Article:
Like many ancient civilisations, the Indian way of life was also clustered around its magnificent rivers. Few rivers of the world have moulded the culture, economy and personality of the people living on their banks as has the great river Ganga.
Cutting straight across Bihar from west to east, the bounteous Ganga had made the region so fertile and plentiful that its natural prosperity nurtured a veritable fountainhead of political and cultural civilisations down the millennia. And, the unbelievable range and quantity of mineral wealth buried under the region certainly helped. To this day, the coal belt in Bihar is the mainstay of thermal energy in north India. Bihar has 41% of the total mineral wealth of India.
Bihar’s capital Patna is an ancient city along the south bank of the Ganga in Bihar.
Here, kingdom after kingdom rose and fell, leaving their indelible mark on history. Rival kings fought legendary battles, devastating the land and people. Yet, by some strange alchemy, the same land saw the birth and maturity of some of the most gentle and progressive religious teachers like the Buddha, Mahavira and Guru Gobind Singh.
Then came the rule of the Moghuls for five centuries, to be eliminated in their turn by the ever expanding colonisation of the English, who ruled till the middle of the 20th century.
Bihar today is a quaint interface of the old and new.
Hallowed by the footsteps of the Buddha, the fertile plains remain rich in farm lands growing paddy, cotton, sugar cane, wheat, maize, barley, jute and fruit. As for industry, modern Bihar is host to some of India’s largest steel and mining plants.
Hazaribagh wildlife sanctuary – 107 Km from Ranchi, is best visited during February – March, and October – November.
Palamau tiger reserve – 180 Km from Ranchi is also best visited during the above months.
Lawalong wildlife sanctuary – can be visited best between October – June. It is 100 Km from Gaya.
Mahuadanu wildlife sanctuary – Visit between November – June. It is 80 Km from Daltanganj.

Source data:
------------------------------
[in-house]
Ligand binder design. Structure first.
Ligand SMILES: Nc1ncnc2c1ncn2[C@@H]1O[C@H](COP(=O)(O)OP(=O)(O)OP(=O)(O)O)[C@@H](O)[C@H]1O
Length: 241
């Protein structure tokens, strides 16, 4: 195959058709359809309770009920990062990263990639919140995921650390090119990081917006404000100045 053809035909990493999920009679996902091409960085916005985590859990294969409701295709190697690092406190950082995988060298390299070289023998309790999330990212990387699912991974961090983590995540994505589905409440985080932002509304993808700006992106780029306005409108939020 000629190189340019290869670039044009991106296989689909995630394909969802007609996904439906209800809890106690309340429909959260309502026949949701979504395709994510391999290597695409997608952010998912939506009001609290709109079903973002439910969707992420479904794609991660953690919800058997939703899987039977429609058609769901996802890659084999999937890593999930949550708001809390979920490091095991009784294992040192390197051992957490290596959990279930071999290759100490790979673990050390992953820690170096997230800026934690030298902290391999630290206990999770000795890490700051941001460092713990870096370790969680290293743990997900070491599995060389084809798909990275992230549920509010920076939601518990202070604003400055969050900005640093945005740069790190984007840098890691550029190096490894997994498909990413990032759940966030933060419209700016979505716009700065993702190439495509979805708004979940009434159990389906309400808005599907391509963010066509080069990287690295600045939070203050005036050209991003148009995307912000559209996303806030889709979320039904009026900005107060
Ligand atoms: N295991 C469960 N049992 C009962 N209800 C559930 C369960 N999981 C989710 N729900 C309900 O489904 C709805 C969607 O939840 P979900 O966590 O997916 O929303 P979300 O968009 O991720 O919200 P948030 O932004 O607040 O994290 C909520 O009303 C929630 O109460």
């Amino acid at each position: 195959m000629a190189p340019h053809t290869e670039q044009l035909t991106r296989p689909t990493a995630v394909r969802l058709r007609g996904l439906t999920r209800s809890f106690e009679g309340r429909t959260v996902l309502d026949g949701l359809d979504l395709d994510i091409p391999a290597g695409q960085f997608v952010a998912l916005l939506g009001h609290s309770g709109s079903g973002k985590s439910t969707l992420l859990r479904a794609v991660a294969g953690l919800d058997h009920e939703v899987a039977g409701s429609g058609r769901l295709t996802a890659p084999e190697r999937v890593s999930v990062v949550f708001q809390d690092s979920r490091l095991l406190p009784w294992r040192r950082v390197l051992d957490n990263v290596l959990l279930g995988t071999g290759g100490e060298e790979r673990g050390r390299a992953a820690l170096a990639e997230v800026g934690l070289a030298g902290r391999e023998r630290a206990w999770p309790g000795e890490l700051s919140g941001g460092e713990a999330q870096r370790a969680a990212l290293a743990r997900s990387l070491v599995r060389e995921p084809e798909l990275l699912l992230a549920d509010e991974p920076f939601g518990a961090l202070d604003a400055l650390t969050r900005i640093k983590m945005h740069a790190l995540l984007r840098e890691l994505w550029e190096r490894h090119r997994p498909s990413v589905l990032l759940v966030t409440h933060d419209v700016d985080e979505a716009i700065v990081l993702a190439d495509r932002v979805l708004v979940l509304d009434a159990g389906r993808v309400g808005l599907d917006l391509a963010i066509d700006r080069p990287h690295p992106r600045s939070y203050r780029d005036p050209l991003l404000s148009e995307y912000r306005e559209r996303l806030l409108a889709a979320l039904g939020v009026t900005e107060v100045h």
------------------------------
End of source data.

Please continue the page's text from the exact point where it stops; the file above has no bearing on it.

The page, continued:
Dalma wildlife sanctuary– Visit between October – June. It is 10 Km from Jamshedpur.
Rajgir wildlife sanctuary – Visit between October – June. It is 102 Km from Patna.
Topchanchi wildlife sanctuary – Visit between October – June. It is close to Dhanbad.
Valmikinagar wildlife sanctuary – Visit between October – June. It is 100 Km from Bettiah.
Gautam Buddha wildlife sanctuary – 45 Km from Gaya.
Kabar Lake bird sanctuary – Visit between November – March. It is 22 Km from Begusarai.
Arts & Crafts
Bihar has its usual assortment of rural handicrafts of hand painted wall hangings, wooden stools, miniatures in paper and leaves, stone pottery, bamboo and leather goods and applique work.
But Bihar’s most famous indigenous art is Madhubani paintings. Originally humble expressions of the sheer creativity of the rural women, these village wall-paintings now adorn gracious city homes and are also exported. This art is a strict monopoly of the women of Mithila. Done in primary colours of natural origin on paper and cloth, they narrate mythological and religious events. However, the ancient designs in bright colours can still be seen on the mud walls in the districts of Champaran, Saharsa, Muzaffarpur, Vaishali, Darbhanga, Samastipur, Begusarai, Purnea, Bhagalpur and of course, Madhubani, the trade centre for this unique art.
Fairs & Festivals
In the true spirit of its multi religious heritage, Bihar celebrates its many religious festivals and fairs of great local appeal.
Like most ancient fairs in India, Sonepur fair is also steeped in mythology and folkfore. Today, it is a fantastic cattle fair, perhaps the largest in Asia.
The fortnight long fair is held on the full moon day of Kartik (November) and all manners of domestic and farm animals are bought and sold.
Buddha was born, attained enlightenment and passed away, all on the same full moon day of April/May. Thus, Vaisakhi Poornima, one of the most beautiful full moon nights in the year,is celebrated as Buddha Jayanthi.
Bihar, being a holy land for the Jains as well, two major Jain festivals are celebrated here – Mahavir Jayanthi at Parasnath Hill in April and Deo Deewali, which commemorates the final liberation of Lord Mahavira.
Unique in Bihar is Chhath Puja, or worship of the Sun God. The most famous celebrations are at the sun temple in Baragaon near Nalandha, where new paddy, sweets and fruits are offered in worship.
Traditional Indian festivals of Ramnavami, Dassehra, Diwali and Holi are also celebrated with great extravaganza in Bihar.
Information: Courtesy Government of India
Your comments help us understand your preferences